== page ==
What about Babe Ruth? We know Babe Ruth’s career numbers are .342 batting average and 714 home runs. I have not read anything about his defense, throwing, or speed. He did steal 123 bases, including home 10 times; maybe he was faster than we realize. He is remembered for getting thrown out stealing second to end the 1926 World Series, but perhaps the hit-and-run play was on, and Bob Meusel, the batter, swung and missed the pitch? See https://baseballegg.com/2019/10/30/babe-ruths-failed-stolen-base-attempt-ended-the-1926-world-series-or-is-that-what-really-happened/ . Ruth had 204 assists as an outfielder, which sounds like a lot. I wonder how he would have ranked in defense, throwing, and speed?

Here is my R code. I do like radar charts for comparing one to three observations over five variables, as a change of pace from column charts. I used the fmsb library for the radar charts. There is also a ggradar library, but I did not like its visualization. One of the quirks of fmsb is that the axis for each variable can have its own scale. Originally I used each variable’s max and min values, but the axes were out of sync, so I replaced this with the grand max and min. Also, I could not get the values, which are all multiples of ten, to line up on the concentric pentagons.

library(fmsb)

library(scales)

group = c(“Hit_avg”, “Hit_power”, “Defense”, “Throwing”, “Speed”)

player_names = c(“Trout”,”Betts”,”Judge”)

players <- data.frame(

row.names = player_names,

Hit_avg = c(80, 70, 70),

Hit_power = c(70,60,80),

Defense = c(60,70,60),

Throwing = c(60,80,70),

Speed = c(60,70,50))

players

# The row 1 should contain the maximum values for each variable

# The row 2 should contain the minimum values for each variable

# Data for cases or individuals should be given starting from row 3

# Define the variable ranges: maximum and minimum; however, want axes to have equal scales

max_min <- data.frame(

Hit_avg = c(max(players), min(players)),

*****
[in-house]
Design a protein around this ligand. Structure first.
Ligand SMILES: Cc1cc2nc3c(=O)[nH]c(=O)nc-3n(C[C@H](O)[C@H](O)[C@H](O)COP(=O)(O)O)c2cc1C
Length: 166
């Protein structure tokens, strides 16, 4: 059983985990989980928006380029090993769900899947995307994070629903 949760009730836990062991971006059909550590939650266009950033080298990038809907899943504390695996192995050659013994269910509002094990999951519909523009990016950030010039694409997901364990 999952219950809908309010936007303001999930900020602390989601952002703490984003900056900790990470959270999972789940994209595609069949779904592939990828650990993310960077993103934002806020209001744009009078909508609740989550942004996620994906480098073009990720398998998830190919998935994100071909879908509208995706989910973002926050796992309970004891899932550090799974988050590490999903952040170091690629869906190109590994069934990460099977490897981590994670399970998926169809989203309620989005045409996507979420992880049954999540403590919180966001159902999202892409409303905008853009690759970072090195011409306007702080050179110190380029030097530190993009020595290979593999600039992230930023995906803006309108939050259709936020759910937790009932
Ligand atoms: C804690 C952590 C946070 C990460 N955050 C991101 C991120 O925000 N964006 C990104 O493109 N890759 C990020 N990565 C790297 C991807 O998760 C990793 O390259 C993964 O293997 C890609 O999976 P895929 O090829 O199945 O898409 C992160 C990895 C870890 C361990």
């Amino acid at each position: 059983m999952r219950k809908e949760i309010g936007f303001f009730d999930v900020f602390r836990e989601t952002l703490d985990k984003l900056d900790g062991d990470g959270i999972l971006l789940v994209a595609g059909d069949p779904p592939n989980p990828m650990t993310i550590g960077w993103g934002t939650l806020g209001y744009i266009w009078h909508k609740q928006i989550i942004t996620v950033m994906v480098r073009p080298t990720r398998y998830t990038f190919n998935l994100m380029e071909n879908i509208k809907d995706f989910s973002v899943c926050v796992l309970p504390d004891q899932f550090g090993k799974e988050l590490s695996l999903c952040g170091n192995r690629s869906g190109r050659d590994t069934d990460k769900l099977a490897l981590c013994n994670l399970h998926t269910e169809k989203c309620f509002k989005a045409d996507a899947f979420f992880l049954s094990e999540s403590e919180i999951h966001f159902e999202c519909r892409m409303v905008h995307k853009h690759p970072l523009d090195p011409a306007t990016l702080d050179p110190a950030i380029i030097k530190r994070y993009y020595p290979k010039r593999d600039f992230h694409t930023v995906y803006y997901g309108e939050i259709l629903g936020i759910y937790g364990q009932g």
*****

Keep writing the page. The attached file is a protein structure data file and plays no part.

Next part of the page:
Hit_power = c(max(players), min(players)),

Defense = c(max(players), min(players)),

Throwing = c(max(players), min(players)),

Speed = c(max(players), min(players)))

rownames(max_min) <- c("Max", "Min") # row 1 has max's, row 2 has min's.

df <- rbind(max_min, players)

df

player1_data <- df[c("Max", "Min", player_names[1]), ]

player2_data <- df[c("Max", "Min", player_names[2]), ]

player3_data <- df[c("Max", "Min", player_names[3]), ]

chart <- function(data, color, title){

radarchart(data, axistype = 0,

pcol = color, pfcol = scales::alpha(color, 0.5), plwd = 2, plty = 1,

vlabels = colnames(data), vlcex = 1.5,

cglcol = “black”, cglty = 1, cglwd = 0.8,

caxislabels = NULL,

title = title)

}

# Plot the data for players 1, 2, and 3 separately

chart(data=player1_data, color=”#00AFBB”, title=”MIKE TROUT 5 Tools”)

chart(data=player2_data, color=”#E7B800″, title=”MOOKIE BETTS 5 Tools”)

chart(data=player3_data, color=”#FC4E07″, title=”AARON JUDGE 5 Tools”)

# Plot the data for three players

chart(data=df, color=c(“#00AFBB”, “#E7B800”, “#FC4E07”), # blue-green, red-green, red-green

title=”TROUT, BETTS, JUDGE 5 Tools”)

legend(

x = “bottom”, legend = rownames(df[-c(1,2),]), horiz = FALSE,

bty = “n”, pch = 20 , col = c(“#00AFBB”, “#E7B800”, “#FC4E07”),

text.col = “black”, cex = 1.25, pt.cex = 1.5)

###########################################

# column graphs

library(tibble)

library(tidyr)

library(ggplot2)

# Reshape data to long format

players_long <- players %>%

rownames_to_column(“player”) %>%

pivot_longer(cols = -player, names_to = “group”, values_to = “value”)

# Common theme for graphs

common_theme <- theme(

legend.position=”right”,

plot.title = element_text(size=15, face=”bold”),

axis.title = element_text(size=15, face=”bold”),

axis.text = element_text(size=15, face=”bold”),

legend.title = element_text(size=15, face=”bold”),

legend.text = element_text(size=15, face=”bold”))

# Create column graph: Tool Ratings by Player

ggplot(players_long, aes(x = player, y = value, fill = group, title = “Tool Ratings by Player”)) +

geom_col(position = “dodge”) +

labs(x = “Player”, y = “Rating”, fill = “Group”) +

common_theme

# Create the column graph: Player Ratings for each Tool

ggplot(players_long, aes(x = group, y = value, fill = player)) +

geom_col(position = “dodge”) +

labs(x = “Group”, y = “Rating”, fill = “Player”, title = “Player Ratings for each Tool”) +

common_theme

### END

##################################################################################

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**Online College Math Teacher**.